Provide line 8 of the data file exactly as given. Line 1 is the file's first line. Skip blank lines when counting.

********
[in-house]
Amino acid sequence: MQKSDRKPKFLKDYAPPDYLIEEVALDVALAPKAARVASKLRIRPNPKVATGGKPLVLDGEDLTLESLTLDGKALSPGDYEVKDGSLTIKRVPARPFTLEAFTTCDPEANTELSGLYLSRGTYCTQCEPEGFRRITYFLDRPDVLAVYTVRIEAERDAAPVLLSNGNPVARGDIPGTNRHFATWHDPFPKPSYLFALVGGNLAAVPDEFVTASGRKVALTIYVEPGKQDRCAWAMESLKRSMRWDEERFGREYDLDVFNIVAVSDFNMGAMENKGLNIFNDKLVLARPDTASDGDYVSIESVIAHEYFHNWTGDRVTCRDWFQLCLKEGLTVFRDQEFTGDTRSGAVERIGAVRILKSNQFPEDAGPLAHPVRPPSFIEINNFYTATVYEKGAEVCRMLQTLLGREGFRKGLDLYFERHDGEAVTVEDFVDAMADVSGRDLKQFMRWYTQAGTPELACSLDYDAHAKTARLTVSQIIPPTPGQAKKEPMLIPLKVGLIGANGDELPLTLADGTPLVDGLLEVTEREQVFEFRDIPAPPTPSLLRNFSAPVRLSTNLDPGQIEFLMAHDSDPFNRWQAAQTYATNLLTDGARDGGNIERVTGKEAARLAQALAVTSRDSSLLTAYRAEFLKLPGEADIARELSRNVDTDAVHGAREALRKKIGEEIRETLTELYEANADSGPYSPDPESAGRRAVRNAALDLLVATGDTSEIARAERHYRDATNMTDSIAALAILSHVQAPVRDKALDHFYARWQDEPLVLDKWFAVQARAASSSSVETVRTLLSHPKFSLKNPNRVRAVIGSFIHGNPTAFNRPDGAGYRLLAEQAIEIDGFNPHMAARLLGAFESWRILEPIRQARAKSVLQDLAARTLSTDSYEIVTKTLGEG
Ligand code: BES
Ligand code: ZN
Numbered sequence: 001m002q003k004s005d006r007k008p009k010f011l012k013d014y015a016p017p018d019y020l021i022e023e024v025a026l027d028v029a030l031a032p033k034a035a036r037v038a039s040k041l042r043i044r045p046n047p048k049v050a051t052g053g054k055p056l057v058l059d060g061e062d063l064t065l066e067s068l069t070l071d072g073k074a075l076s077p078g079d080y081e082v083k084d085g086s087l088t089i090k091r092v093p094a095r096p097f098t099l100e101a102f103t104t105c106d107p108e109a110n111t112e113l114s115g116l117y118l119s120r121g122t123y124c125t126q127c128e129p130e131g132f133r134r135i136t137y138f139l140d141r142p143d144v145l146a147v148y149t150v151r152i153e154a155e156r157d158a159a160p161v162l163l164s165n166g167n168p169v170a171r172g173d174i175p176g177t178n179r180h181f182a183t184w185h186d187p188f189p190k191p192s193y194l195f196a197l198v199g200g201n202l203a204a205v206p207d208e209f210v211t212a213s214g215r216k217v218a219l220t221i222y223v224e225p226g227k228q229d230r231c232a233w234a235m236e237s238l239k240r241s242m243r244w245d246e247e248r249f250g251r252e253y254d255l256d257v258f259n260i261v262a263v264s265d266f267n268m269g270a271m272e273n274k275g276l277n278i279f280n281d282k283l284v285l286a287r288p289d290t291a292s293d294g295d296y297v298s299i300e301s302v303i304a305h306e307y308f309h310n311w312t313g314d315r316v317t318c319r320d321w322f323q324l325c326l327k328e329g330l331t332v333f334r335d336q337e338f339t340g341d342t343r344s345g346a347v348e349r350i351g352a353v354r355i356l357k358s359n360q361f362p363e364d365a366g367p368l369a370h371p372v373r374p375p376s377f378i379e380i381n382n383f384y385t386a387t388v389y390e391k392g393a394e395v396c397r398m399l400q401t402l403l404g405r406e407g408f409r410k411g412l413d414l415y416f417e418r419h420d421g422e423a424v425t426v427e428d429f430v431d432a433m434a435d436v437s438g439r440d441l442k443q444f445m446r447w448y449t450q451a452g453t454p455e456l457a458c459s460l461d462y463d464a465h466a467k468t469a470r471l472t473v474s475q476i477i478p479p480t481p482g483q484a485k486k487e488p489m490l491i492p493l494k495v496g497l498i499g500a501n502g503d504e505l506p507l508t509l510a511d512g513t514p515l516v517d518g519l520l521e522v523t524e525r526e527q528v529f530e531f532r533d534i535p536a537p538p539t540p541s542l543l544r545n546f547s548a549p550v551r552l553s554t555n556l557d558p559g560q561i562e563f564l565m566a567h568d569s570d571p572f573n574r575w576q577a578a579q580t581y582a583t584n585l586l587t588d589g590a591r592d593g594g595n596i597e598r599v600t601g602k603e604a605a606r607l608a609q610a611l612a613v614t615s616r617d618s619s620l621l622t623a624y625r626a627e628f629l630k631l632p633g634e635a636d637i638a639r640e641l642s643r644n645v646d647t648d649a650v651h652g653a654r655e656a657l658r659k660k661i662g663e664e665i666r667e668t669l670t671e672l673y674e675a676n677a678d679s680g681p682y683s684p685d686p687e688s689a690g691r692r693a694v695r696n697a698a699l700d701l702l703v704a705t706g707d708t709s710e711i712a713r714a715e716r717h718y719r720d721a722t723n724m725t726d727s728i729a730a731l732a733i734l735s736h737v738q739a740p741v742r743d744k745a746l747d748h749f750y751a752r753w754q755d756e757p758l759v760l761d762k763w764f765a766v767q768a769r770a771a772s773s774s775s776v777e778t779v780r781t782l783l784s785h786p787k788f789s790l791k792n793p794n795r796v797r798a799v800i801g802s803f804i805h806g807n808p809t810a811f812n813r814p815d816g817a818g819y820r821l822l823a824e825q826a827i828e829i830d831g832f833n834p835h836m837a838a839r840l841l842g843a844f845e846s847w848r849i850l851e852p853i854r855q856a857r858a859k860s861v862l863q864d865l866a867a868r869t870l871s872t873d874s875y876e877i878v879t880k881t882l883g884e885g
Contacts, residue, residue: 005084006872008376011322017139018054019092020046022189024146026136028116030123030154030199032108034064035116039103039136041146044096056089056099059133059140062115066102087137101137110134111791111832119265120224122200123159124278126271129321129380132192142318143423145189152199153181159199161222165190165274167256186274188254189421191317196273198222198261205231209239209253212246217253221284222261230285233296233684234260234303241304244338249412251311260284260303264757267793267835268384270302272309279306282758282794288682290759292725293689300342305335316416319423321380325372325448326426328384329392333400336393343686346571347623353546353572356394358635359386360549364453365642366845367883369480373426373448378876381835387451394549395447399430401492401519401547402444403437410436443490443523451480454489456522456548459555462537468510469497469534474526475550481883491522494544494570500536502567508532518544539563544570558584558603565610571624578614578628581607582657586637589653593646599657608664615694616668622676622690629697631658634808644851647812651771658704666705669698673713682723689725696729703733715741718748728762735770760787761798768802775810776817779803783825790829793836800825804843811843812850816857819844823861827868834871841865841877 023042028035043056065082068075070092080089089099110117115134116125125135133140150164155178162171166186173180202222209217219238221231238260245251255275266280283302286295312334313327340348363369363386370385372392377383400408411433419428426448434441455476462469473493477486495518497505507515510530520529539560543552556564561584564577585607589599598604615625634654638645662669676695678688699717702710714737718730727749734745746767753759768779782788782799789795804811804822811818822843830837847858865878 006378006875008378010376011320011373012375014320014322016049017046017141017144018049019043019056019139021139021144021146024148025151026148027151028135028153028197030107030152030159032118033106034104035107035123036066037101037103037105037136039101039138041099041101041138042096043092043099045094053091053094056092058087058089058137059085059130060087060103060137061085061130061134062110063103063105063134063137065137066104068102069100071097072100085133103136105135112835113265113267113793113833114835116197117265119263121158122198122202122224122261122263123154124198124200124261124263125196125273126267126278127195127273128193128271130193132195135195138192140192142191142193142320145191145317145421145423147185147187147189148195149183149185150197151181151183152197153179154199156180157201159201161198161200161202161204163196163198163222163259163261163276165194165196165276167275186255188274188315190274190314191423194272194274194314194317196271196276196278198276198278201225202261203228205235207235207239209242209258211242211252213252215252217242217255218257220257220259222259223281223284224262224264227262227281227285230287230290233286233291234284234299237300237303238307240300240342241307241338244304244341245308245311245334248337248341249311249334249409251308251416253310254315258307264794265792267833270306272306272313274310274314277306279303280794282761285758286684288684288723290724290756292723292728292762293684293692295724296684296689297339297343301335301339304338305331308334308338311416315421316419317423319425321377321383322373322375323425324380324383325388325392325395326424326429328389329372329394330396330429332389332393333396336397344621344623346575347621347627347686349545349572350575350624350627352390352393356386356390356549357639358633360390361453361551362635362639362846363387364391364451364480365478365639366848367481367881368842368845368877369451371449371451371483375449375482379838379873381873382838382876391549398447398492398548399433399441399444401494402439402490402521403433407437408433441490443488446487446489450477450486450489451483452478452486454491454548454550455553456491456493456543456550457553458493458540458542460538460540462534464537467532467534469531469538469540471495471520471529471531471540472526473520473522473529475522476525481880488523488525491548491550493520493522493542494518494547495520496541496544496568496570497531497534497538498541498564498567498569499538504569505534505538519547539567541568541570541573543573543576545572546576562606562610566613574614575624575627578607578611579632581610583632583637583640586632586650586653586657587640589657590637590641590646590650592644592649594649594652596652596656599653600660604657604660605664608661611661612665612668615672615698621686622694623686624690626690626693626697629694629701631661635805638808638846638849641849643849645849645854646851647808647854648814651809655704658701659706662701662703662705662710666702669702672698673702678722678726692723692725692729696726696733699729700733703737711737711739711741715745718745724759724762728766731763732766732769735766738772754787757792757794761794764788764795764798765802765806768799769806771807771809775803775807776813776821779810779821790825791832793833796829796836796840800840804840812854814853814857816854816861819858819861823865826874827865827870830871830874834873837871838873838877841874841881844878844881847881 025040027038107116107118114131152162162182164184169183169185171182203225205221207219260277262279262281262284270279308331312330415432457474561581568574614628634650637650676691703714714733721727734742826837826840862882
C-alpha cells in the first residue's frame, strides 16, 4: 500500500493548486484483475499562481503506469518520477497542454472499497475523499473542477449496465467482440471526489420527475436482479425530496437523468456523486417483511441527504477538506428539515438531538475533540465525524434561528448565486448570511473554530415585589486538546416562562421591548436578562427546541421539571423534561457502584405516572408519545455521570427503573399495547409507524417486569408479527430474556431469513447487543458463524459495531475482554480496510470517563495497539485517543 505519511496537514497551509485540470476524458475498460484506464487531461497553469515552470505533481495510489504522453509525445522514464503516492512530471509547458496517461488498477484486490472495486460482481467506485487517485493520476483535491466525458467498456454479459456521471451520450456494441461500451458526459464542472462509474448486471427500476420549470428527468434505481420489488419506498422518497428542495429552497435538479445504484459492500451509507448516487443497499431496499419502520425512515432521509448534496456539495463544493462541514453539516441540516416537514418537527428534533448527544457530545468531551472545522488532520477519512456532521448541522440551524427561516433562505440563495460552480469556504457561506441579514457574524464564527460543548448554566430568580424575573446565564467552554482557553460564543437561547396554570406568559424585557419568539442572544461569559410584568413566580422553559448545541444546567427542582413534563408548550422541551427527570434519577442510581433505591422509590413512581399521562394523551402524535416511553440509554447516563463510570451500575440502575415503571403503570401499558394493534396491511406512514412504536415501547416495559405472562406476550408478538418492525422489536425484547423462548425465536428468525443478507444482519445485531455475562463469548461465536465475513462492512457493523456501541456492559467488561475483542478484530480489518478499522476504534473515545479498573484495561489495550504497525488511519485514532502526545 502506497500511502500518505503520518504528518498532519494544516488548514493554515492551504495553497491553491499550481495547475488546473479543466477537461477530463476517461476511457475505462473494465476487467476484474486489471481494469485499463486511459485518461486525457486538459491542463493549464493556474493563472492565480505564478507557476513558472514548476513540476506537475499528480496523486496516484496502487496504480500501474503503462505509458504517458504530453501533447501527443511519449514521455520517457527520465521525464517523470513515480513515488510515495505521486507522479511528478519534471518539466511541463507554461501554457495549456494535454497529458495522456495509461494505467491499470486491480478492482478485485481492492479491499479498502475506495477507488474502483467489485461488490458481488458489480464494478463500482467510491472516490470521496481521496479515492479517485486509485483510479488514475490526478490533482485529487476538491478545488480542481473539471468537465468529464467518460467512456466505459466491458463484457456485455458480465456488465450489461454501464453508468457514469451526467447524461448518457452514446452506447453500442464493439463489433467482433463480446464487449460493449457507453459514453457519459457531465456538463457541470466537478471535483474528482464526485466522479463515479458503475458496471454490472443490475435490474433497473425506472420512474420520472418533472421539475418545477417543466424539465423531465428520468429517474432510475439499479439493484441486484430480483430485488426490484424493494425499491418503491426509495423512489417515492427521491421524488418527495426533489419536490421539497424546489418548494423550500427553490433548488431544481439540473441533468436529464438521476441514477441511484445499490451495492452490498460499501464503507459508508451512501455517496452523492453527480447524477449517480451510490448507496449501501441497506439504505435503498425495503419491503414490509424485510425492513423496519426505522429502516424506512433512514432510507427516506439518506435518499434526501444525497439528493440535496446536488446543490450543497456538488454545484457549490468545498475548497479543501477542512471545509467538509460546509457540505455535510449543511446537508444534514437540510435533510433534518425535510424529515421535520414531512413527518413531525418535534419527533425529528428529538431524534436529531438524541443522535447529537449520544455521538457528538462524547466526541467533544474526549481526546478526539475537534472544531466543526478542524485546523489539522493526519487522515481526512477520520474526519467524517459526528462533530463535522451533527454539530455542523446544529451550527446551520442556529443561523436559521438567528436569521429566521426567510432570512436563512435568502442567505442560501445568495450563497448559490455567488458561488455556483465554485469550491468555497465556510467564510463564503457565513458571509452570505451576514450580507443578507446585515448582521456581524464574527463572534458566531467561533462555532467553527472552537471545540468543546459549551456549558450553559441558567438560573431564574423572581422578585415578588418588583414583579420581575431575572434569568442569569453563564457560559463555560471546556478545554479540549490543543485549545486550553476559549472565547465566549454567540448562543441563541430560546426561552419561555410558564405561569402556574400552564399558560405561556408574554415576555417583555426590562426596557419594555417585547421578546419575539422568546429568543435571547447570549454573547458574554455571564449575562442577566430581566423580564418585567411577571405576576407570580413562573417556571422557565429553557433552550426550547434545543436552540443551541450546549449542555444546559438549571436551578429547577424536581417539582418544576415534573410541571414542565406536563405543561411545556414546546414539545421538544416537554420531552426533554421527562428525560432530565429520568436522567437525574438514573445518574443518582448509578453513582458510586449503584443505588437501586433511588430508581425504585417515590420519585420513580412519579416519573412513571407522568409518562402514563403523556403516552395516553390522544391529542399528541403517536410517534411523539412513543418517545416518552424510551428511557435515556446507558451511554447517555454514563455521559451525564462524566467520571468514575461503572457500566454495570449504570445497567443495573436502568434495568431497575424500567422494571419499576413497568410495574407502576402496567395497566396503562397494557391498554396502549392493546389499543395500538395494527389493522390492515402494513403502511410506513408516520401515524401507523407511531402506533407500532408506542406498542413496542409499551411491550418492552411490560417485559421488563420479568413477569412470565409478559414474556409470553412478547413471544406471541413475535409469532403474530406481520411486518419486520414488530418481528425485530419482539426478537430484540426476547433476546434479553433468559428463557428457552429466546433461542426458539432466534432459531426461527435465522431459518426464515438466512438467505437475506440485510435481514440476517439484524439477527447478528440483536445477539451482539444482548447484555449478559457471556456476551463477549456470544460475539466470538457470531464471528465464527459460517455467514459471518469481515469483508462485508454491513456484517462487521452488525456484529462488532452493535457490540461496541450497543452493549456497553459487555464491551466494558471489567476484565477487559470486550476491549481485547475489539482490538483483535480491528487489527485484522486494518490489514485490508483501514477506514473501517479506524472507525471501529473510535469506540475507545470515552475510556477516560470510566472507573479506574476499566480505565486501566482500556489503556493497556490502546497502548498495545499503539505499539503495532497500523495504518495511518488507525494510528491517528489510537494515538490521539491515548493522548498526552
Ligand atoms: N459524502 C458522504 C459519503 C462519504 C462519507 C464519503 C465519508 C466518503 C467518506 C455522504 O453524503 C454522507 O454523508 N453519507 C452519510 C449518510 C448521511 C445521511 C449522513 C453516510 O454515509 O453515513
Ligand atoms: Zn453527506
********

Ligand atoms: N459524502 C458522504 C459519503 C462519504 C462519507 C464519503 C465519508 C466518503 C467518506 C455522504 O453524503 C454522507 O454523508 N453519507 C452519510 C449518510 C448521511 C445521511 C449522513 C453516510 O454515509 O453515513